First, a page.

Issue 7 – Winter 1983 Australian animation in the 1970s Bob Hanlon looks at the Australian animation scene. Introducing a new Visual Language John Halas talks about the future of computer animation. What is ASIFA All about this association for professional animators. Edinburgh Film Festival 1983 Neil Carstairs reports on the animation section. The Shadows… Read More »
Animator’s Newsletter Winter 1983 Issue No. 7
A lot has been written about the recent Australian cinema “breakthrough” (as we like to call it). In the early ‘70’s the Australian Government offered attractive incentives to film investors who suddenly found it a worthwhile proposition to make feature-length films in Australia, and about Australians.
The first of the cartoons, A CHRISTMAS CAROL was completed just before Christmas 1969 and shown on television in Australia.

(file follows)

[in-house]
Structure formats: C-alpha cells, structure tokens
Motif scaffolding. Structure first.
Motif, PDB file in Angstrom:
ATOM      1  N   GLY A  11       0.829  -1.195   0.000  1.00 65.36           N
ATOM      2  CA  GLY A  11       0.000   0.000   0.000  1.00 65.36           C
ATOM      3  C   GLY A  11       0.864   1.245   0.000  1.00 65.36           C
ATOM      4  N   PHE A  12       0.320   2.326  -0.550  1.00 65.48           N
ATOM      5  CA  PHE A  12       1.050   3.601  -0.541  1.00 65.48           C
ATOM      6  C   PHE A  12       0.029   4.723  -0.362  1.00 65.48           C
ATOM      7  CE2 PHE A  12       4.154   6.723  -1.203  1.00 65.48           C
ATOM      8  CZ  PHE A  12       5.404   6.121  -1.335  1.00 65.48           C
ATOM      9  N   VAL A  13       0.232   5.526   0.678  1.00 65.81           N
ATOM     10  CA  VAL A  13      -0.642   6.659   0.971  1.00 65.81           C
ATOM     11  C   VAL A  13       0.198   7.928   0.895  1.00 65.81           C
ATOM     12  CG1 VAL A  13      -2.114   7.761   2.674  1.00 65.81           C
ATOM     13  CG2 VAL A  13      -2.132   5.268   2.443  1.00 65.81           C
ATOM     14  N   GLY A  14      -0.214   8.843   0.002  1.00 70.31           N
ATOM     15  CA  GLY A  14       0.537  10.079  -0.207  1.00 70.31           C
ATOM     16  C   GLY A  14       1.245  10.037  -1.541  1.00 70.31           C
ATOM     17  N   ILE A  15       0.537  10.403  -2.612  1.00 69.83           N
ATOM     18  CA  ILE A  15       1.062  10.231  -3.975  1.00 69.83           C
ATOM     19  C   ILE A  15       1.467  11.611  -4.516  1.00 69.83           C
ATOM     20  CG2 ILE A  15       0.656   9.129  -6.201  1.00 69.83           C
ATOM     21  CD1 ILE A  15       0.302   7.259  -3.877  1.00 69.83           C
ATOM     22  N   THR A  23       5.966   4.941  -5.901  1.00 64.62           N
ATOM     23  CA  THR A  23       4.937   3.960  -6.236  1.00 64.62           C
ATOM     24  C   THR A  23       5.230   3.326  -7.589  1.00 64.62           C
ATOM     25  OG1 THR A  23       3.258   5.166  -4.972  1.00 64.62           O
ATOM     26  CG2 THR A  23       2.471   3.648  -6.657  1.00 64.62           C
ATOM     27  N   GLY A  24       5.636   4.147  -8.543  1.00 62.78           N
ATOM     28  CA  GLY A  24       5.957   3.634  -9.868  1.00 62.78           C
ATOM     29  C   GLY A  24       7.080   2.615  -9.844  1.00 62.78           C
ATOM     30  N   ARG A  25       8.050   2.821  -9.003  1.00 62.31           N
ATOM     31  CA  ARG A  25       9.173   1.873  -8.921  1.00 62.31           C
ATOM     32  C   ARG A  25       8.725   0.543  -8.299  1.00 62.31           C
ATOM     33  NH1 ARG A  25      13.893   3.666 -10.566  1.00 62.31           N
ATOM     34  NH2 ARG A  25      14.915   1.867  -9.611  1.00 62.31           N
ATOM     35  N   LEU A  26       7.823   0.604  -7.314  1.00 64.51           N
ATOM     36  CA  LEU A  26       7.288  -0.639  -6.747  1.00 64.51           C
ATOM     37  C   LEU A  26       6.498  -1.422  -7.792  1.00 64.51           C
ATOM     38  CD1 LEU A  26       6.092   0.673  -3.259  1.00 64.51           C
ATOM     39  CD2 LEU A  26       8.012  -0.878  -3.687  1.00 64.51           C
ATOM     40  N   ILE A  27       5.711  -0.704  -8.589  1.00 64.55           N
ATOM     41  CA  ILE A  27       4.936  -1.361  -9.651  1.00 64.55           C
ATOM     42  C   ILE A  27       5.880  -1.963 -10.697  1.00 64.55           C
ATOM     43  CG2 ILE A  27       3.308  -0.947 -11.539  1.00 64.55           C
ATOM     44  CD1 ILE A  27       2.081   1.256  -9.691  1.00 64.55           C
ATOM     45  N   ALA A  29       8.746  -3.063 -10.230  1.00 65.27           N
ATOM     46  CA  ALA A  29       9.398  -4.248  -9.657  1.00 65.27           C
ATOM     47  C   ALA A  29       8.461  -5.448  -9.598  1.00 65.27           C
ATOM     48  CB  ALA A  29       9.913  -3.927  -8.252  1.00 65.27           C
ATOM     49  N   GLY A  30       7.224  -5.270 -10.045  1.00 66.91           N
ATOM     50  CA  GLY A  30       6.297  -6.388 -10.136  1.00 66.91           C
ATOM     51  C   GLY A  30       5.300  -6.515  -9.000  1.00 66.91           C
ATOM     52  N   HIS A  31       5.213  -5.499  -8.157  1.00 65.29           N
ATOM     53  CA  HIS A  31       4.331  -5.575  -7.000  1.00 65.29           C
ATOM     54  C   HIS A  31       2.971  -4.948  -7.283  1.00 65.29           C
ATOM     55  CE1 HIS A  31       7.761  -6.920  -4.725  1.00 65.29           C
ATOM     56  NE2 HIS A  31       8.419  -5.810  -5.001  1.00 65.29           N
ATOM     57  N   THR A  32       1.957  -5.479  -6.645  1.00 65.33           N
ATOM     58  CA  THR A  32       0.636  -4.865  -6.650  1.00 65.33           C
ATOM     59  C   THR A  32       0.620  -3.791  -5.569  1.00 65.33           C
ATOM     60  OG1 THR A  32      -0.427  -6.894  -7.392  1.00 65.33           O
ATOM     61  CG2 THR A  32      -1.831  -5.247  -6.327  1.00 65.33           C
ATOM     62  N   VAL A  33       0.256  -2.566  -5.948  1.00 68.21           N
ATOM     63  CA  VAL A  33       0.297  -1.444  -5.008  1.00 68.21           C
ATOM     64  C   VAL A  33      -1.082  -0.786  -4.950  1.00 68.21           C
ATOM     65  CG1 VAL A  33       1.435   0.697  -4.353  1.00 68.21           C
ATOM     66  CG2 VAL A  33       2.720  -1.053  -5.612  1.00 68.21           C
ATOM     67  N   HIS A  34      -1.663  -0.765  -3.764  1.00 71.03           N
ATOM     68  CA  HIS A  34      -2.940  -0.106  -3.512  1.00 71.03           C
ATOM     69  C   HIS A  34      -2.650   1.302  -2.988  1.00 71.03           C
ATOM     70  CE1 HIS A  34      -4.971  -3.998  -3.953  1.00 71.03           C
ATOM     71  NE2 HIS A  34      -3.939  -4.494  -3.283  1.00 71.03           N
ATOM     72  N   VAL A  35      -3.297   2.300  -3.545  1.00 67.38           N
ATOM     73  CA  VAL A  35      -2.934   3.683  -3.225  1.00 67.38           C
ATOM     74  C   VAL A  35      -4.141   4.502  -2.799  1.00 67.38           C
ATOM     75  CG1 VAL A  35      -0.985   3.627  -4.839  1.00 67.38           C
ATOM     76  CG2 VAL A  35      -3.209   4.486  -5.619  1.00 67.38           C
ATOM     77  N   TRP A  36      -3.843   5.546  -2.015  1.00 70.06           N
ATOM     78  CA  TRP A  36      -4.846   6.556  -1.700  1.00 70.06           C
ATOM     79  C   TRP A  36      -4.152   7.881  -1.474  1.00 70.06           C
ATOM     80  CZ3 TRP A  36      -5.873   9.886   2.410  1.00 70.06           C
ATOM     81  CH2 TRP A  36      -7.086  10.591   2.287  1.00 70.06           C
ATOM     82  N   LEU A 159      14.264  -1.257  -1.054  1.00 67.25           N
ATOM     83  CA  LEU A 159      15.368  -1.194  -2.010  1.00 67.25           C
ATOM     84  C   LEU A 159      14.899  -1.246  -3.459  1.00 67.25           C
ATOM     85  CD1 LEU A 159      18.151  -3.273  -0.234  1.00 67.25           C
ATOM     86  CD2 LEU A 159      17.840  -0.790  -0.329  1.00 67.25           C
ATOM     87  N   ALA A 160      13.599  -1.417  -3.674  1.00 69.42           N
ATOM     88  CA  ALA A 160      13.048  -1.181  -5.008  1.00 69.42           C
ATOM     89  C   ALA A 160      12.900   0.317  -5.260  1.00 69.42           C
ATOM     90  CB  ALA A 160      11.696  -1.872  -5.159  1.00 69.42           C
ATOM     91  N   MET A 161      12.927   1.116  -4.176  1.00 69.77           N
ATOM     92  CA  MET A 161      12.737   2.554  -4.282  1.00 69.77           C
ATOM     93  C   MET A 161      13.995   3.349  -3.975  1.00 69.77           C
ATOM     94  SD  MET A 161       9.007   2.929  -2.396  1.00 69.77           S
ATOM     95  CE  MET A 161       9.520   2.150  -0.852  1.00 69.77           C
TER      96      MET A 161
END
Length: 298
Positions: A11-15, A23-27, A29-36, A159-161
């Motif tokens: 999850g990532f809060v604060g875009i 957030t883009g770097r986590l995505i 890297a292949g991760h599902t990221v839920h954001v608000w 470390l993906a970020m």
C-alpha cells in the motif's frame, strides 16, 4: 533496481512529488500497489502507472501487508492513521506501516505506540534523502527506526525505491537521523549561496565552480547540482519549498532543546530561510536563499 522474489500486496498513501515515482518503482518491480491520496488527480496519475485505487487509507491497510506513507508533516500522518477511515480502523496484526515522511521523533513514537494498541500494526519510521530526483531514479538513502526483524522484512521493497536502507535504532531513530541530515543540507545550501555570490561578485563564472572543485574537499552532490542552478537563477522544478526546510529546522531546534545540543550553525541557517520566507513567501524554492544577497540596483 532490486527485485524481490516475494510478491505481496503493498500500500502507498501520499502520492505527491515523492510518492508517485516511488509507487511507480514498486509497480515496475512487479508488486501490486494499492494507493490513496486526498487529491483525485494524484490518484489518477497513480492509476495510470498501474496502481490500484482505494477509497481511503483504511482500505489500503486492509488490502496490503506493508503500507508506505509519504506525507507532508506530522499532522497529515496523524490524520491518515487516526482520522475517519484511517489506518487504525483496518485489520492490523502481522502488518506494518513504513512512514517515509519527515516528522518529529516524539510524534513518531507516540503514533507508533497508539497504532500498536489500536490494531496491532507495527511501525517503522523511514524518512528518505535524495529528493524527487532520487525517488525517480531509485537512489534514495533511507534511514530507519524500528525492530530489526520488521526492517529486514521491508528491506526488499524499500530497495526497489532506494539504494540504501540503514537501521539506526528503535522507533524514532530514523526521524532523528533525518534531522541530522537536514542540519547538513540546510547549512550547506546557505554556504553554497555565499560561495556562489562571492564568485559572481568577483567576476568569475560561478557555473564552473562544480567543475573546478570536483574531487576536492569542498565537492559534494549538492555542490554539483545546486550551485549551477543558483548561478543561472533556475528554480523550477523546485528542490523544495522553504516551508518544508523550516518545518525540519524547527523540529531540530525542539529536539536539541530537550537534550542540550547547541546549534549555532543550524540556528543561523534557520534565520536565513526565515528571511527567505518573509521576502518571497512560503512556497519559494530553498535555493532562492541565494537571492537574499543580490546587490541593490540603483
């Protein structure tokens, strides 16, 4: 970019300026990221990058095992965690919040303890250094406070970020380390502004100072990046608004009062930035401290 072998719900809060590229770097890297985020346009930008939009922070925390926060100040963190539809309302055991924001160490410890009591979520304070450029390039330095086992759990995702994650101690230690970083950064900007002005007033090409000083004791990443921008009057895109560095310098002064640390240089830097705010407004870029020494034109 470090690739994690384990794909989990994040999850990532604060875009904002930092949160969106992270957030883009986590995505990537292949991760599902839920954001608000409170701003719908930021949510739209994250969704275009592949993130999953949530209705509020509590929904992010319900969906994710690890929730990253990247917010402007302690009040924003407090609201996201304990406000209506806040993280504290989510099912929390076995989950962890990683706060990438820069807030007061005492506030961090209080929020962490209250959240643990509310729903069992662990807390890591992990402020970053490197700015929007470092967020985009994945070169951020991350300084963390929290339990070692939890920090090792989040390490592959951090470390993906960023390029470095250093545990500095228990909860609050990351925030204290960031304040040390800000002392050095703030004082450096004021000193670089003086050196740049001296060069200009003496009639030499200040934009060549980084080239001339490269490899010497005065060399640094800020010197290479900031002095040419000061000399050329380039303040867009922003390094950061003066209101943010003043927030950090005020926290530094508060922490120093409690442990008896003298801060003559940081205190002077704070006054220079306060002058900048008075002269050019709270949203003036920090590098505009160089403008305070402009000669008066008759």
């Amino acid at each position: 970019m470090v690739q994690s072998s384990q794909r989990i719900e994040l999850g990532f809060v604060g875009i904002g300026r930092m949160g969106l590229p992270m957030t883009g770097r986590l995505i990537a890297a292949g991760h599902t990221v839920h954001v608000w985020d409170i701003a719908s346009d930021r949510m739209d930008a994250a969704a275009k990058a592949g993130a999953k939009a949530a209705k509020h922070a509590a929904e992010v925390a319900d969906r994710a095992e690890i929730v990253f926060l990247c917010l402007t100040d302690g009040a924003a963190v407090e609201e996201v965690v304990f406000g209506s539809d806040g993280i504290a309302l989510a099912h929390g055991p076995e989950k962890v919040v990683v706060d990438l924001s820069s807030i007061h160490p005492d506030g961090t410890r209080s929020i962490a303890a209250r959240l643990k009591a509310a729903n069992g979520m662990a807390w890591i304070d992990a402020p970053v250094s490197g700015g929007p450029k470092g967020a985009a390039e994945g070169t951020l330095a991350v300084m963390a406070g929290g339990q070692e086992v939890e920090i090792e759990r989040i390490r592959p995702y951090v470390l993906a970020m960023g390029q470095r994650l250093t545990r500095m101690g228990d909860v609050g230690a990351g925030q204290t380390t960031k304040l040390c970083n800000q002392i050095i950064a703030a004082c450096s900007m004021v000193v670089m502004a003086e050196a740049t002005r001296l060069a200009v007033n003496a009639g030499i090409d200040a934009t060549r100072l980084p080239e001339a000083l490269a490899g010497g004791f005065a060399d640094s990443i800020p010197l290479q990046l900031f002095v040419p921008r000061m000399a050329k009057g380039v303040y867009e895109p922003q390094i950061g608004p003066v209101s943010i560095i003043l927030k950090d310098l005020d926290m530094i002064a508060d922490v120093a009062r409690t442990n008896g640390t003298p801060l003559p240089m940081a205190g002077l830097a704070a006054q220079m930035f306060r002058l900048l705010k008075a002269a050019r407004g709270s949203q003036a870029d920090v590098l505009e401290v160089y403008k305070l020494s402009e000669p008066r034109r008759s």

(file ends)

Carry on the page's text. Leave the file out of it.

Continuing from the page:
Yoram Gross, an Israeli born animator, who immigrated to Australia after founding an important puppet animation studio in Israel, has produced a considerable number of successes.
Now in production by this studio is a feature that promises to be very special. It’s called ABRA CADABRA.
Take a classic Picasso painting, mix it with Salvador Dali’s melting clocks, combine these in fluid movement, and you have the capability of the latest computer graphics system.
It is common knowledge that the highly labour-intensive visual process of animated film is too expensive, and takes a long time to produce.
But the most satisfactory advance from the visual point of view is the system developed by COMPUTER CREATIONS in South Bend, Indiana, USA.
ASIFA was formed in 1960 by a group of professional animators to co-ordinate and further the interest of this dynamic medium.